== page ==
Hjalmar Söderberg and the Visual Arts
The author Hjalmar Söderberg (1869–1941) had a close relationship with the visual arts. The exhibition features works that highlight both the author’s view of himself, and the view other artists had of Söderberg. Books with ornaments made by the author and other objects that relate to the Söderberg are also displayed in the “Söderberg Room”, where the artist used to stay in difficult times.
Ernest Thiel’s financial support allowed author to focus on his literary career. Söderberg also assisted Thiel – in reviewing his translations of Friedrich Nietzsche’s œuvre into Swedish. Thiel describes Söderberg as his most faithful friend and the author was always a welcome guest in the palace. They were also both passionate chess players and sometimes the three decade long correspondence consisted only of chess moves by way of short notes.
Söderberg despised all forms of hypocrisy and a clear pattern in his literary works is the support for women’s right to choose for themselves. This applies not the least in the modern relationship drama Gertrud (1906). It might not be a coincidence then, that the two most observant and acute portraits were made by two female artists, Astrid Kjellberg-Juel (1877–1965) and Gerda Wallander (1860–1926). In addition, Hildur Hult-Wåhlin’s (also called Hildur Hult) (1872–1904) sensitive coal drawing and Anna Riwkin’s (1908–1970) silver gelatin photograph of the aging author with the mindful gaze, are among the most noteworthy portraits.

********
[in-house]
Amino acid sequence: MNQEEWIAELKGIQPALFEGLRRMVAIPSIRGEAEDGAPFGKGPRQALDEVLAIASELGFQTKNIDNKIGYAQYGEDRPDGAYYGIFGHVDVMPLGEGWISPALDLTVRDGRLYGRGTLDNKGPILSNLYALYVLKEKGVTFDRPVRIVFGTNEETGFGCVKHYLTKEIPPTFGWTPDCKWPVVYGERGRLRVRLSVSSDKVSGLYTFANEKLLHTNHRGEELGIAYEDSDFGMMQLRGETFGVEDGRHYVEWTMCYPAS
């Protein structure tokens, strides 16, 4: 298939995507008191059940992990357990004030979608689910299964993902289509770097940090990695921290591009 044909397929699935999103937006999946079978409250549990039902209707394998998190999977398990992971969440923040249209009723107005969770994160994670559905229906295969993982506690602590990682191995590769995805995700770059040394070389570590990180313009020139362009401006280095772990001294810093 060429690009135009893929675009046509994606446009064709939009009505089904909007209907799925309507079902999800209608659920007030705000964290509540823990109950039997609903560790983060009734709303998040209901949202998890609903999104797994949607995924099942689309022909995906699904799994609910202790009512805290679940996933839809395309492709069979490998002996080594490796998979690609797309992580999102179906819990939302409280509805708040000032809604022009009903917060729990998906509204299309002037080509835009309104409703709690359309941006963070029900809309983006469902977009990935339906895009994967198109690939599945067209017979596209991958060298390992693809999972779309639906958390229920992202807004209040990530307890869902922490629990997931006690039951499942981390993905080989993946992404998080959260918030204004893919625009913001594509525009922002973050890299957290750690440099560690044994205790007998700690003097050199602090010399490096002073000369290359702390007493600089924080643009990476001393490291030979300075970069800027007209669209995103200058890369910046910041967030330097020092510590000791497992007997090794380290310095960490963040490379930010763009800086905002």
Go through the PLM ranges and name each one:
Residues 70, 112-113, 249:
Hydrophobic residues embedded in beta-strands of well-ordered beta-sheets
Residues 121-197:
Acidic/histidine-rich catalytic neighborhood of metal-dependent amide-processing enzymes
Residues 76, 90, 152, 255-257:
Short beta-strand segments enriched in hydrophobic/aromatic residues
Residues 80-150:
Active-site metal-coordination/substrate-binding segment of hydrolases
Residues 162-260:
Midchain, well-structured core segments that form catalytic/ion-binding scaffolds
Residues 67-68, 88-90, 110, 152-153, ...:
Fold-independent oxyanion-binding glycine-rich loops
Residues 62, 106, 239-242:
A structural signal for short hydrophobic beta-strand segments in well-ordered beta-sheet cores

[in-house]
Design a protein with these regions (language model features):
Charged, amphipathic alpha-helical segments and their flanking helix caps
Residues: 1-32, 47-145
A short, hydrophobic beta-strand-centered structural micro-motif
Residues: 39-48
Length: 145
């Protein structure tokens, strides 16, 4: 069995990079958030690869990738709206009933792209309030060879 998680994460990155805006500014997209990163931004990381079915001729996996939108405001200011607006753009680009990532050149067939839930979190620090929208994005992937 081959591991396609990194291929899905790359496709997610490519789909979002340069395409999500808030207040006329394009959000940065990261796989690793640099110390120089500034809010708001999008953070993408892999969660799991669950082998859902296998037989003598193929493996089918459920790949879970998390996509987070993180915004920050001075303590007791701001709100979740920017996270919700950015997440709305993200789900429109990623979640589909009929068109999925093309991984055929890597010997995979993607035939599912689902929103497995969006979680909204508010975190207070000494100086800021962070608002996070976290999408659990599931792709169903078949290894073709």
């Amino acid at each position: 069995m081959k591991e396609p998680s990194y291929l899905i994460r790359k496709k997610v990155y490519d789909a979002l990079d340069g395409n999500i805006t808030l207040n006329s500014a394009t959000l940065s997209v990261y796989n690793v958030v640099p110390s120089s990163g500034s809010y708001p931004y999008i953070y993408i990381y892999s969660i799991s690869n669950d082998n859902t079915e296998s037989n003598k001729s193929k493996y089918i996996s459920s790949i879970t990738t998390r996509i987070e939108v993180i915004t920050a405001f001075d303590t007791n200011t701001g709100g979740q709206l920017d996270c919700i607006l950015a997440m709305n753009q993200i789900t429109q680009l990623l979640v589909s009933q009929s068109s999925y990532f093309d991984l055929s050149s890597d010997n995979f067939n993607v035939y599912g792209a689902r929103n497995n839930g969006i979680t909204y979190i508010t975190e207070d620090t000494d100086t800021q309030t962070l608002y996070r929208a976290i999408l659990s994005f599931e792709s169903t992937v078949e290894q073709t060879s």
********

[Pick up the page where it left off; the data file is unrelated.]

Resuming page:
Hjalmar Söderberg was a draughtsman his whole life but the interest in making self-portraits peaked early in his life. In the drawing Moi from 1890 Söderberg has one eye open for far vision while the other is squinting for near sightedness, a way of showing his ability to view humanity both at a distance and close up. In the short story Vox populi, published in Historietter (Anecdotes) from 1898, he writes: “I have noticed that one sees the world more synoptic if one looks at it with half closed eyes. All lines become cleaner and simpler. […]” Reflections on the gaze is also manifested in a photography where the author observes the passerby with a binocular.
In an ink wash from 1895 Söderberg has changed shape and depicts himself as a dandy posing in front of wallpaper with French fleur-de-lis. That same year, Söderberg’s harshly criticised debut novel, Förvillelser (Delusions), were published.
The exhibition Hjalmar Söderberg and the Visual Arts takes place in “Söderbergrummet” (“The Söderberg Room”) where the homelike feeling is heightened by the furniture: the author’s secretaire and chair, and a bust sculpture of the philosopher Voltaire. Works from the Thiel Gallery are shown alongside loans from Nationalmuseum, Moderna Museet, the Gothenburg University Library, Örebro University Library, the Bonnier Portrait Collection, Nedre Manilla and private owners.
Curator: Sophie Allgårdh in collaboration with Söderbergsällskapet (The Söderberg Association)